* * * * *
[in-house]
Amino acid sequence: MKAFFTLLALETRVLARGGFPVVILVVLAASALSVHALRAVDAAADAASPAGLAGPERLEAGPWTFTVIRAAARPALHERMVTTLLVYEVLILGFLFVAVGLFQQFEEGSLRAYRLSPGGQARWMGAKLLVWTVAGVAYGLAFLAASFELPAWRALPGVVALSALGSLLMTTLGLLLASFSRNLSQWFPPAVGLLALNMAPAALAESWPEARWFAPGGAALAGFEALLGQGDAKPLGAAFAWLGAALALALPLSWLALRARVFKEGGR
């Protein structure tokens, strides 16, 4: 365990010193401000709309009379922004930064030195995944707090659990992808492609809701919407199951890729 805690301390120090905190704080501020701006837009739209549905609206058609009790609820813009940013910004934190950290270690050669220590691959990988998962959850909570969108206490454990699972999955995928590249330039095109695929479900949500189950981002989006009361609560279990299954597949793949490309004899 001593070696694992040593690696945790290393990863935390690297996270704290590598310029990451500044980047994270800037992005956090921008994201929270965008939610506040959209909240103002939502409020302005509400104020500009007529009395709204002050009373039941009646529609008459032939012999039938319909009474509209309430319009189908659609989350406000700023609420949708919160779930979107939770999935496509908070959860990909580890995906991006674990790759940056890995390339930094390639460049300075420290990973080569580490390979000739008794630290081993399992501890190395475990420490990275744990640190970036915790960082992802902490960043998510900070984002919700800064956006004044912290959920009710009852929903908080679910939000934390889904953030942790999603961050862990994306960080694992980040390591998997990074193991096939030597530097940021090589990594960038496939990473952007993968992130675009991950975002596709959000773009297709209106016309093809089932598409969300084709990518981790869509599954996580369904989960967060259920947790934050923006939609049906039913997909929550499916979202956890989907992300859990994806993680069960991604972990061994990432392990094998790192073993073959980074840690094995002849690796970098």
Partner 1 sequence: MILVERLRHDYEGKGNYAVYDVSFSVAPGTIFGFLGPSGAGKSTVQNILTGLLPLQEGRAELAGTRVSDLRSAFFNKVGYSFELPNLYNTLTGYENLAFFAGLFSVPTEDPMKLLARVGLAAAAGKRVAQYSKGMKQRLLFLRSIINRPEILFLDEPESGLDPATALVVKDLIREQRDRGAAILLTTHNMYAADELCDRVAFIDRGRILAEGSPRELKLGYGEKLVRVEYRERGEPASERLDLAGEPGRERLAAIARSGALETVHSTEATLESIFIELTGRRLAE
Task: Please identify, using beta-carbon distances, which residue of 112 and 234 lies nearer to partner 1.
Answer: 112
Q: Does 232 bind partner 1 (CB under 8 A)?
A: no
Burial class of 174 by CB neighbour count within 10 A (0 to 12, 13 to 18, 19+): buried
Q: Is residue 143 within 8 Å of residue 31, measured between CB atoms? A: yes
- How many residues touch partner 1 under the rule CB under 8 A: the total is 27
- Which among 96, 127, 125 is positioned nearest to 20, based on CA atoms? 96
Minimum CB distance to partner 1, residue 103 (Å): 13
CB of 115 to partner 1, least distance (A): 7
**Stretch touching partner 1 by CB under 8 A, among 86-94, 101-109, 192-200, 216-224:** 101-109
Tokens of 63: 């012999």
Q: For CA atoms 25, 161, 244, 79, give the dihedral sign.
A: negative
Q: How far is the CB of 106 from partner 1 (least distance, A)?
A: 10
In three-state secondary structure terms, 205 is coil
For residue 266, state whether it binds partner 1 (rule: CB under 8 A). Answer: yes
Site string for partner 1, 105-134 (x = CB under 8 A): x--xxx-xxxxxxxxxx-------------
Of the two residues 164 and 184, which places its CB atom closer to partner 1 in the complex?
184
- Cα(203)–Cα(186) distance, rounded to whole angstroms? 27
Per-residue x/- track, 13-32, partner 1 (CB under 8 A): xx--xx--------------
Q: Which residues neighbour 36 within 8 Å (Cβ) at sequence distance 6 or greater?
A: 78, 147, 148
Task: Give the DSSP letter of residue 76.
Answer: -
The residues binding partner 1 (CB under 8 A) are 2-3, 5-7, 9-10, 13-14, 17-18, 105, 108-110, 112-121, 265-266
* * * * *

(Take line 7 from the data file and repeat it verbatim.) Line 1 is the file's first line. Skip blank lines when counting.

Q: Does 232 bind partner 1 (CB under 8 A)?